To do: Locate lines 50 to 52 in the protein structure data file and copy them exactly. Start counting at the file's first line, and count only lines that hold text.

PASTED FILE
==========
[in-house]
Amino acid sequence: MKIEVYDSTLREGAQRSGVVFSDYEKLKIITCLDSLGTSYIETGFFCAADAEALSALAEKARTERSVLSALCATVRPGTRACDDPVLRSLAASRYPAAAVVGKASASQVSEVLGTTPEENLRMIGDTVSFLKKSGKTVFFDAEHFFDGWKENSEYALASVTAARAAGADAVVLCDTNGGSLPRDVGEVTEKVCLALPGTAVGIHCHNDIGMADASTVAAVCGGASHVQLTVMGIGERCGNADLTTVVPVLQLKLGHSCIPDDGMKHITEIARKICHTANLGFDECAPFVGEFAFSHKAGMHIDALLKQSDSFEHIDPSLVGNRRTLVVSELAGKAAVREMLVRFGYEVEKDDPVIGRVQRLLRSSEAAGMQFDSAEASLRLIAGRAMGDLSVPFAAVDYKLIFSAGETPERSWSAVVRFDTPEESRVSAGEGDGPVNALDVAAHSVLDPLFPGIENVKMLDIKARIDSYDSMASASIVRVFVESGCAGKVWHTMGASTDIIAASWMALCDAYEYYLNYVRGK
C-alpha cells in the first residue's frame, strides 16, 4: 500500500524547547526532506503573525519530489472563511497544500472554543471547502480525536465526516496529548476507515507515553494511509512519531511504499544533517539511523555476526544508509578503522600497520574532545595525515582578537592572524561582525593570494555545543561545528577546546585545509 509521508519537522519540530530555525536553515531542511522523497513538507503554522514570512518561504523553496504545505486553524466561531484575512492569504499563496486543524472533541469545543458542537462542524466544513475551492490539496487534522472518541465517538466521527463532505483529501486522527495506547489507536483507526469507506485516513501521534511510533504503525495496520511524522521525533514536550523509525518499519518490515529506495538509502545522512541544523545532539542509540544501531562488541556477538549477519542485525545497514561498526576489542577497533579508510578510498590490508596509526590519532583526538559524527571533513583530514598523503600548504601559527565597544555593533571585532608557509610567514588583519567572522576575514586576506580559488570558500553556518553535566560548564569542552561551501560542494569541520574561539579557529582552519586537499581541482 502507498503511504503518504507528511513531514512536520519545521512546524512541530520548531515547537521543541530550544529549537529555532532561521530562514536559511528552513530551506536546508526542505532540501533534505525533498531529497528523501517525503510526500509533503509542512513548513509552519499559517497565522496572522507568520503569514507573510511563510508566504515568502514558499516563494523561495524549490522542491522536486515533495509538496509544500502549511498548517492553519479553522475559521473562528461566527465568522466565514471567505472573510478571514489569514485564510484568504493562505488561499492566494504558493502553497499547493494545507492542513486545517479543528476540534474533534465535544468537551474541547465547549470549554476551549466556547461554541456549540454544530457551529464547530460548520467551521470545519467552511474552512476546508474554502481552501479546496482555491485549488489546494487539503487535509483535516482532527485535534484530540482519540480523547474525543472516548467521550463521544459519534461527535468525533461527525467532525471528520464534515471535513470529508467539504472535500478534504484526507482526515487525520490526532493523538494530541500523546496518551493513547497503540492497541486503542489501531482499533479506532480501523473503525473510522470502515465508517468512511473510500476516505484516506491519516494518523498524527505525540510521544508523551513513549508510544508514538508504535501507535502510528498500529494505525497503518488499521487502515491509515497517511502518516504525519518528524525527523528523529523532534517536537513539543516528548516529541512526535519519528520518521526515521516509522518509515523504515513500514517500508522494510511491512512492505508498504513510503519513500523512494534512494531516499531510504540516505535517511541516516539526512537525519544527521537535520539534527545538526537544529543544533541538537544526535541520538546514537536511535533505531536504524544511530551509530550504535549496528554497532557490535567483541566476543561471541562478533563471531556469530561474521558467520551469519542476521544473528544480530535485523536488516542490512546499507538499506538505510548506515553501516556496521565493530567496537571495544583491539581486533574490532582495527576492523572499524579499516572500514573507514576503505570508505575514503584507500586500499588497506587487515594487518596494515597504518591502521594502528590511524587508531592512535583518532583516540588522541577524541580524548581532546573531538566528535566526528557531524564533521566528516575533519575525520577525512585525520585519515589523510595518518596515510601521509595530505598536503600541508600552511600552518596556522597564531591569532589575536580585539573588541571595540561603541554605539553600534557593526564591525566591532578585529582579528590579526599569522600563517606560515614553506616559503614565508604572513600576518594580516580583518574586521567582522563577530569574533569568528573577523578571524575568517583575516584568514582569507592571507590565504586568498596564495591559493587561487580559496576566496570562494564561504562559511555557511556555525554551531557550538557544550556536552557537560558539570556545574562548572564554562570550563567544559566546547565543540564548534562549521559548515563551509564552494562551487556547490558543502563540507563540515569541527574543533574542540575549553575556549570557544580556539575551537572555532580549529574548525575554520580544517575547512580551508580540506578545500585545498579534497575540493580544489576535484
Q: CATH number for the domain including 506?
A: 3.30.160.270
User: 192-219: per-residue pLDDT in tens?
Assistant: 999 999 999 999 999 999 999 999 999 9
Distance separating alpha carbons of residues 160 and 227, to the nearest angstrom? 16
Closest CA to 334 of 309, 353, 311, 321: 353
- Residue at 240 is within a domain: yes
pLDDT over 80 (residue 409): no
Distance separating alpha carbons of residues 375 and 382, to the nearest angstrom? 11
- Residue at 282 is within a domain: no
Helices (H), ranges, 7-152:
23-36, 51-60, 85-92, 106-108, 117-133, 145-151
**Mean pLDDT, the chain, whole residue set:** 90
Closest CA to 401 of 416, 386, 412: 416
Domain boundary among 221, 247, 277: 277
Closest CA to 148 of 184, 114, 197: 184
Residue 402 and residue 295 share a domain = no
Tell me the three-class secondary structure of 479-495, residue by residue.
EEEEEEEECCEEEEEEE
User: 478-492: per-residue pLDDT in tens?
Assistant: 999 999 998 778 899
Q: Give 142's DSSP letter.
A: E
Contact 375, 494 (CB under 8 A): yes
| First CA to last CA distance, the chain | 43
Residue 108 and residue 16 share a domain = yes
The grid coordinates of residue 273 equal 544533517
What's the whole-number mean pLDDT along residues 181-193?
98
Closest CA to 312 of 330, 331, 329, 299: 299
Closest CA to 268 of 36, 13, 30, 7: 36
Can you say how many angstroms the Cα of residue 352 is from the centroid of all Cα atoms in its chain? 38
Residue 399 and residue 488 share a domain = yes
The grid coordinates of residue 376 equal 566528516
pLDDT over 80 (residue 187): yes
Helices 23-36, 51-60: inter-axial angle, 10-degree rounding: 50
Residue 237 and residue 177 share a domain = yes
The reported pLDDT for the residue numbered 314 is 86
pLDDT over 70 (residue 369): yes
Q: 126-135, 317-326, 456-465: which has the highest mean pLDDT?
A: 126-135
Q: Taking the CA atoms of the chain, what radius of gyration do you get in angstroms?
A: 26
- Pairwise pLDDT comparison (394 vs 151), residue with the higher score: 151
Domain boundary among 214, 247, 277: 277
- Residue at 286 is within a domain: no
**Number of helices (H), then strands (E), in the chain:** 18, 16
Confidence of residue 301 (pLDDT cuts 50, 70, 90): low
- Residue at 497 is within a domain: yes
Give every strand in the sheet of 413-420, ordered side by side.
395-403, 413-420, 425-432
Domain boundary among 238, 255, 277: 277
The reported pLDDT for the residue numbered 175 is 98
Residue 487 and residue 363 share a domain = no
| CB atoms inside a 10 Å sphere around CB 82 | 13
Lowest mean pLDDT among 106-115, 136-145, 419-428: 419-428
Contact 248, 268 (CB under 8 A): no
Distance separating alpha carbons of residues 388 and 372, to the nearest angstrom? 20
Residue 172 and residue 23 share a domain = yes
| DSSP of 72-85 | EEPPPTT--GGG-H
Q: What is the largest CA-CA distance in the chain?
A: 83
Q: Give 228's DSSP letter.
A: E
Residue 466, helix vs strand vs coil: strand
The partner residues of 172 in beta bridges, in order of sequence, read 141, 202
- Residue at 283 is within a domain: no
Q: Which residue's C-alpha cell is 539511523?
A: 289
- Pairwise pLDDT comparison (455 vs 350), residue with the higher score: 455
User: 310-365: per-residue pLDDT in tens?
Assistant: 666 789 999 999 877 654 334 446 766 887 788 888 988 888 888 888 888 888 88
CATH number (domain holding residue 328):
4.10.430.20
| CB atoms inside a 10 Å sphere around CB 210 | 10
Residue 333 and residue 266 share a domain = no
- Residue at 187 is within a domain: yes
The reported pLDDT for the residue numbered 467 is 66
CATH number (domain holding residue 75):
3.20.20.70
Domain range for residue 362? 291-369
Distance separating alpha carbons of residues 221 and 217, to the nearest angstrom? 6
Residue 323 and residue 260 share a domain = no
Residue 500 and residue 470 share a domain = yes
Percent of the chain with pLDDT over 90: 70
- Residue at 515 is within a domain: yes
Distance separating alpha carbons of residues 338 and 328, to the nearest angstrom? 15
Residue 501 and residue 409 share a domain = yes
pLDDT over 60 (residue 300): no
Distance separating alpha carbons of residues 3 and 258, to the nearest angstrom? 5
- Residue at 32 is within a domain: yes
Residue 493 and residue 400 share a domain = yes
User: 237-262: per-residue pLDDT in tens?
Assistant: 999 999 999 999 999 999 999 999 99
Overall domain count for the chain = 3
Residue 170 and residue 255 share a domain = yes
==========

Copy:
**Number of helices (H), then strands (E), in the chain:** 18, 16
Confidence of residue 301 (pLDDT cuts 50, 70, 90): low
- Residue at 497 is within a domain: yes